The Lemon Twigs and Flyte, O2 Institute 2, Birmingham - review
Two new bands with two very different approaches to making great music came together to lift a mundane midweek night into something rather special.
Support band Flyte, who've already played Wolverhampton and Birmingham venues in their own right this year, only had a half hour slot in which to impress, and impress they did with some carefully crafted pop songs from their hugely promising debut album The Loved Ones.
The London band are straightforward stand and play guys with an affable and fine voiced frontman in Will Taylor, though all four play a part vocally with Fleet Foxes-like close harmonies. This was best showcased by their a capella version of Alvvays' Archie, Marry Me.
Highlights included their singles Victoria Falls and Cathy Come Home, which bookended the set, plus the atmospheric Orphans Of The Storm and the 80s flavoured synth-driven Sliding Doors. With melodic tunes this good, I reckon the sky's the limit for Flyte.
The Lemon Twigs, a New York quartet based around brothers Brian and Michael D'Addario, former Broadway stage kids, are brash, bizarre and beautifully unconventional. I think they may be touched by genius and they certainly know how to put on a show.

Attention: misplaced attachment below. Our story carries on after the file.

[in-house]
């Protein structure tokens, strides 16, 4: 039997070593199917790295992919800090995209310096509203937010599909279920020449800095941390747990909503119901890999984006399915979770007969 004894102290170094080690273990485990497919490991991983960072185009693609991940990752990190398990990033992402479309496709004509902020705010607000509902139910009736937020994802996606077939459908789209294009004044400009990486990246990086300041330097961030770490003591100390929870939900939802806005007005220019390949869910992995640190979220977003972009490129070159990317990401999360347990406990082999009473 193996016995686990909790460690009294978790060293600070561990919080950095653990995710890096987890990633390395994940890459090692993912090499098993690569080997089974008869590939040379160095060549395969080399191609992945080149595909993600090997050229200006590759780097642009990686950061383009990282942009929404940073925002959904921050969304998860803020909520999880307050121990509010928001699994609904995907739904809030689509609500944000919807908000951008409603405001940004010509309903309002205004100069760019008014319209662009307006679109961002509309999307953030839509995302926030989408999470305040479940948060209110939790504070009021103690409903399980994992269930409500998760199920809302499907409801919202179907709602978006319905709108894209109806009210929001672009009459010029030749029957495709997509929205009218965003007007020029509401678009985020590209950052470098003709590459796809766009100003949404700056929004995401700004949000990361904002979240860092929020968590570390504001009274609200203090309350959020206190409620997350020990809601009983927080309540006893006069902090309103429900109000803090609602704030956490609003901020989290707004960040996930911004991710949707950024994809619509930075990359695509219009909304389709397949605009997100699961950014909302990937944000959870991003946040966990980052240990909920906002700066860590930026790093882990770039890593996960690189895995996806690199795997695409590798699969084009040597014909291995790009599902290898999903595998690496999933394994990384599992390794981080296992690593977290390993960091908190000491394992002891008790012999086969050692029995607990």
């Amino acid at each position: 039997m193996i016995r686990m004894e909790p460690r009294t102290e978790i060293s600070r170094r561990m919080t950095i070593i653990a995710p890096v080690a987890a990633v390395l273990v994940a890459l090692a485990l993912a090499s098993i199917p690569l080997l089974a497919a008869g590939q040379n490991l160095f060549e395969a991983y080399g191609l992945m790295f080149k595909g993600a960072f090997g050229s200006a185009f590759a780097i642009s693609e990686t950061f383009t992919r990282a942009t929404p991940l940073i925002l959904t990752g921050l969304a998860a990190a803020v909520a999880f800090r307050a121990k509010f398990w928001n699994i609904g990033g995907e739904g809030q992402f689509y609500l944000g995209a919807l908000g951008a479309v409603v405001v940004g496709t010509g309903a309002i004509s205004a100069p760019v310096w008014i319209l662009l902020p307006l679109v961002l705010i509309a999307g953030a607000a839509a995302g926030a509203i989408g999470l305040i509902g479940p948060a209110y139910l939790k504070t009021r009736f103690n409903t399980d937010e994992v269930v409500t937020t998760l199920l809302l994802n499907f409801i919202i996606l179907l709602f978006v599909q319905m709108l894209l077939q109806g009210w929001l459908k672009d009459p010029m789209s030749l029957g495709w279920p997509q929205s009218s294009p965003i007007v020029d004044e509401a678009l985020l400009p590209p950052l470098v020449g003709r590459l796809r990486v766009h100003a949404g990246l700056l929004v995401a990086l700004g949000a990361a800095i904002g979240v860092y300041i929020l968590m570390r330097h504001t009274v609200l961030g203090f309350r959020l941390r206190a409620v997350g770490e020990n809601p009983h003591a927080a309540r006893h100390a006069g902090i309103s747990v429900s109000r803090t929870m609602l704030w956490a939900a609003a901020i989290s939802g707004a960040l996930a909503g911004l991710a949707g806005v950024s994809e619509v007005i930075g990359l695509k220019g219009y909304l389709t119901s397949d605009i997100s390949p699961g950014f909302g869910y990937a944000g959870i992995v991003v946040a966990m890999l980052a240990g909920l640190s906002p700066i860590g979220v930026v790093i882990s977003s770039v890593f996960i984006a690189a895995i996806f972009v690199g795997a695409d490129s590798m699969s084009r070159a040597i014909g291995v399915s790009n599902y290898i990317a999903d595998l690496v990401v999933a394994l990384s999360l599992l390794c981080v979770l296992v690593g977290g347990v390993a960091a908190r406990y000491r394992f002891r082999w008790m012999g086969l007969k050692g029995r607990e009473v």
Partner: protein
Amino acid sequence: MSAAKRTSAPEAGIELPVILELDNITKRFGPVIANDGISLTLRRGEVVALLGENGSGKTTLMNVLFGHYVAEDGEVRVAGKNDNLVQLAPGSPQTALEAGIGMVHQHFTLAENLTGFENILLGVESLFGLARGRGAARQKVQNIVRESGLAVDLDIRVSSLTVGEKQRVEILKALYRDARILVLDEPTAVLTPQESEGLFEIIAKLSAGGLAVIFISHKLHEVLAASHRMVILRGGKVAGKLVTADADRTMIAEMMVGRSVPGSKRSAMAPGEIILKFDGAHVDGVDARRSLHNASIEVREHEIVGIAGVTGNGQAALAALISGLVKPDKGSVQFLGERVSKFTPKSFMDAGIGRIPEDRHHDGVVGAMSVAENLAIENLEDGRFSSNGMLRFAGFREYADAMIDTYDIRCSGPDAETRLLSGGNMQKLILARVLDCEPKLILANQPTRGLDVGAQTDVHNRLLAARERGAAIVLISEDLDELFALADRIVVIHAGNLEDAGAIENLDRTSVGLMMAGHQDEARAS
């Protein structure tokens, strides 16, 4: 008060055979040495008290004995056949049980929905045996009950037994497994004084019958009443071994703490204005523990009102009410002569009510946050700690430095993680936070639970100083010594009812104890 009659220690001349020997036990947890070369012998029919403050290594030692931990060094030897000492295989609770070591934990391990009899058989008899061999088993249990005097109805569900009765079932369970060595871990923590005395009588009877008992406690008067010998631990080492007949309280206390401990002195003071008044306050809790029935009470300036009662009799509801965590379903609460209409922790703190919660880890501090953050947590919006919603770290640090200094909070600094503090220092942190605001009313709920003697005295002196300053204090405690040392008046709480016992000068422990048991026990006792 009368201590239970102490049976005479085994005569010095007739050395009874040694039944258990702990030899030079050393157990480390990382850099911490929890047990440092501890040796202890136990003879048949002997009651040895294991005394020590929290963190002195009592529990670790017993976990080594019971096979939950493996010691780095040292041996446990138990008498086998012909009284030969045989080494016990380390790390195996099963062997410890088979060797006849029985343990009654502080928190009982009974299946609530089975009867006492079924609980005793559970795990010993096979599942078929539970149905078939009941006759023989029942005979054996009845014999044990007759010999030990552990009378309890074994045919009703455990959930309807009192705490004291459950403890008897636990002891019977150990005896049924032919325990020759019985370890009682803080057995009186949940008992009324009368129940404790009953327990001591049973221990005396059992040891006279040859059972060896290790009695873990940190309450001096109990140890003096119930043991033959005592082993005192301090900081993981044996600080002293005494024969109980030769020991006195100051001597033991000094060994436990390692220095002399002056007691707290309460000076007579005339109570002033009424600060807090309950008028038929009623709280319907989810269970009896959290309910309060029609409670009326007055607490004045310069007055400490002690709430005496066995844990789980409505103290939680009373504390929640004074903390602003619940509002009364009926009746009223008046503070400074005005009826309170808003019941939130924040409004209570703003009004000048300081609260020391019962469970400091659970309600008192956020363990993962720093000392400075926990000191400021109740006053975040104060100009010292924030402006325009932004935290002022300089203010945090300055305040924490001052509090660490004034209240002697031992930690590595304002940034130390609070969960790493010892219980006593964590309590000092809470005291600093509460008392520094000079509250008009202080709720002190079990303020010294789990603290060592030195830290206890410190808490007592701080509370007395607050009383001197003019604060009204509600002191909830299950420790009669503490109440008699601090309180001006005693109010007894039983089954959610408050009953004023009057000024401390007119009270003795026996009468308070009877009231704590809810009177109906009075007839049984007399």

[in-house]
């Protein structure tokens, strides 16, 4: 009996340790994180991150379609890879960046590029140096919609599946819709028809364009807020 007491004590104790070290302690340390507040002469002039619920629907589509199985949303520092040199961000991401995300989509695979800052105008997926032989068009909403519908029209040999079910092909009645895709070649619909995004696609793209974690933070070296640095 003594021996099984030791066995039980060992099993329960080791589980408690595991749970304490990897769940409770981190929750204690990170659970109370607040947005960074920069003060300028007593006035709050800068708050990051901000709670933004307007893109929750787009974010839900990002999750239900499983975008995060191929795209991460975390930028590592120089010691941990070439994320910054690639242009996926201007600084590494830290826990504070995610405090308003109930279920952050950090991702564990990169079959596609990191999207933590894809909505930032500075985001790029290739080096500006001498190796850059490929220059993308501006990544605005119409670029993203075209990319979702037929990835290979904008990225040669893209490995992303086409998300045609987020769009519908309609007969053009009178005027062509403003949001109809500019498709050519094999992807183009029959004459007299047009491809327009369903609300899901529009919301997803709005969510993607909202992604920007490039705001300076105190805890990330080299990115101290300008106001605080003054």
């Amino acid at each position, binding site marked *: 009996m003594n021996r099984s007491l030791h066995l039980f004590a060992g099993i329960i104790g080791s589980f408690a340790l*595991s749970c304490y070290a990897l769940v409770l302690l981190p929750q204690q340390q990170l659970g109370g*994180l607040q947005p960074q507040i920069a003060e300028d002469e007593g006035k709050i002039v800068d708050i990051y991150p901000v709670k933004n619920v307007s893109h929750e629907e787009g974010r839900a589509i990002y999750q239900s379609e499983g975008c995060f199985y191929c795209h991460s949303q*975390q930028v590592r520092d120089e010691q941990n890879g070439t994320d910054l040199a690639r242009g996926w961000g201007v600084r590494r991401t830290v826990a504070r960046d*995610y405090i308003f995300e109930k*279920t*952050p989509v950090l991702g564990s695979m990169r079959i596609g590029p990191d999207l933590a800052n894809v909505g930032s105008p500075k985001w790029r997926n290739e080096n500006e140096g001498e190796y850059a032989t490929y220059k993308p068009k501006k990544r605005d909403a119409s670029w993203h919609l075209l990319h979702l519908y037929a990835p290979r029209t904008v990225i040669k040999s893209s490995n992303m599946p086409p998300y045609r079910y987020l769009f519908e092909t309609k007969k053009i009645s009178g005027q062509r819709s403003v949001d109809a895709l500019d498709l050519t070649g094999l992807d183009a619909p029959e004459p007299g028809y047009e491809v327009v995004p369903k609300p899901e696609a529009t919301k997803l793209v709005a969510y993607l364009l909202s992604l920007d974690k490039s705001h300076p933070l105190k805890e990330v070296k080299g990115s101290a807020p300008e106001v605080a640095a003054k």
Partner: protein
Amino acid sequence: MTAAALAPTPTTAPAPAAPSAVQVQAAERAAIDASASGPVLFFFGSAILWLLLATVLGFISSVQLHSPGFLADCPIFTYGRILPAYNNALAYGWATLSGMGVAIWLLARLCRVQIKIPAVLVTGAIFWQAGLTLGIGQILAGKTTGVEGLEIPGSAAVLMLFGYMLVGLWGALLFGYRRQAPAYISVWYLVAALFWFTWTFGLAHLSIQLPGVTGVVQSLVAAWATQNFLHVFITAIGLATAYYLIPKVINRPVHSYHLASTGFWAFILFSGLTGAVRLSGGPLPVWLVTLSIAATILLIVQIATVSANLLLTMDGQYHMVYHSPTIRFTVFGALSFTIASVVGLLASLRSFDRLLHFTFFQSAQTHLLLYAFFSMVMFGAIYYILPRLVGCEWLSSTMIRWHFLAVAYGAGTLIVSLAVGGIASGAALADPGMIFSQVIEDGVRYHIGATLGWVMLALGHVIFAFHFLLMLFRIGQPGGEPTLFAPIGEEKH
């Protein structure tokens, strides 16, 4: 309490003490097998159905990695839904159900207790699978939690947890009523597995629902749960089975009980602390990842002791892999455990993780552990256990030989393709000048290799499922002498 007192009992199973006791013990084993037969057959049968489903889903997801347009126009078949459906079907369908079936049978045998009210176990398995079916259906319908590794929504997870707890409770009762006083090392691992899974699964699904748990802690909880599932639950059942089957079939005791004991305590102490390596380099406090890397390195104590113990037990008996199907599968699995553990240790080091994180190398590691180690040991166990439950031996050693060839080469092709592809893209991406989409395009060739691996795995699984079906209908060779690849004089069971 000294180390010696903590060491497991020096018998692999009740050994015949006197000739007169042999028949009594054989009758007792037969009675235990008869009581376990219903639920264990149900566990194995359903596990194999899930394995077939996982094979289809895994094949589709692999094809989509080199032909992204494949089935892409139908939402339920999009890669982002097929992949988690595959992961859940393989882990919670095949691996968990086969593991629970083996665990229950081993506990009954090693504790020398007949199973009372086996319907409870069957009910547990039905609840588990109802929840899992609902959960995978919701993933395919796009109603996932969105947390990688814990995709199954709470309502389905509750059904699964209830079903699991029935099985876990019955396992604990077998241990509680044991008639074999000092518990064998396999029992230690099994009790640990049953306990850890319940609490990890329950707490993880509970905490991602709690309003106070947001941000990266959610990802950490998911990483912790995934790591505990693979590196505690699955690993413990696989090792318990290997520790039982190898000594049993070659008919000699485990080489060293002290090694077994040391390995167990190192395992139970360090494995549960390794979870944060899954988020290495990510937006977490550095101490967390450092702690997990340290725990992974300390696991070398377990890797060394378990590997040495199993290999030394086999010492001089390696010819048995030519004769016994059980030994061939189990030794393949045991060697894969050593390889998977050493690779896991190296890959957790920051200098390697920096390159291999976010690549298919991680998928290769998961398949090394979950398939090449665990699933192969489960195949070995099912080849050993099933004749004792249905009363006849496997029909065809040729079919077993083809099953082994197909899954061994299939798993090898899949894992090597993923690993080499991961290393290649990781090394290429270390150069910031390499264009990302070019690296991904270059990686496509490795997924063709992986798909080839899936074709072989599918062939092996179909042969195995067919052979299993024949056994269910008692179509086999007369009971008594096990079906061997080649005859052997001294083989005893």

Their music is a theatrical take on 70s rock delivered with punk energy and hinting at such maverick singer-songwriters as Rufus Wainwright, Ezra Furman and Mike Nesmith.
The first half is fronted by long-haired Brian, a slick and confident singer/guitarist whilst brother Michael bangs the hell out of the drum kit like a latter day Keith Moon.
Midway through the 70 minute set, Michael comes to the mic in his cap, sunglasses and sequins as the siblings swap places. It immediately becomes apparent that Michael is an unabashed showman akin to Iggy Pop, high kicking and turkey trotting around the stage, then climbing and leaping off the speakers. His voice certainly has plenty of raw power as does his guitar playing in a performance that teetered thrillingly on the edge of chaos.
Maybe their songs are just too quirky for the mainstream but are shot through with some glorious rock riffs and melodic Beach Boys-like power pop plus some wry lyrics.
The one cover, of Jonathan Richman's You Can't Talk To The Dude, sat comfortably alongside songs from their debut album Do Hollywood and the Brothers Of Destruction mini-album.
Highlights included Why Didn't You Say That?, I Wanna Prove To You, These Words, Beautiful and Baby Baby.
The Lemon Twigs, once seen never forgotten, ever.
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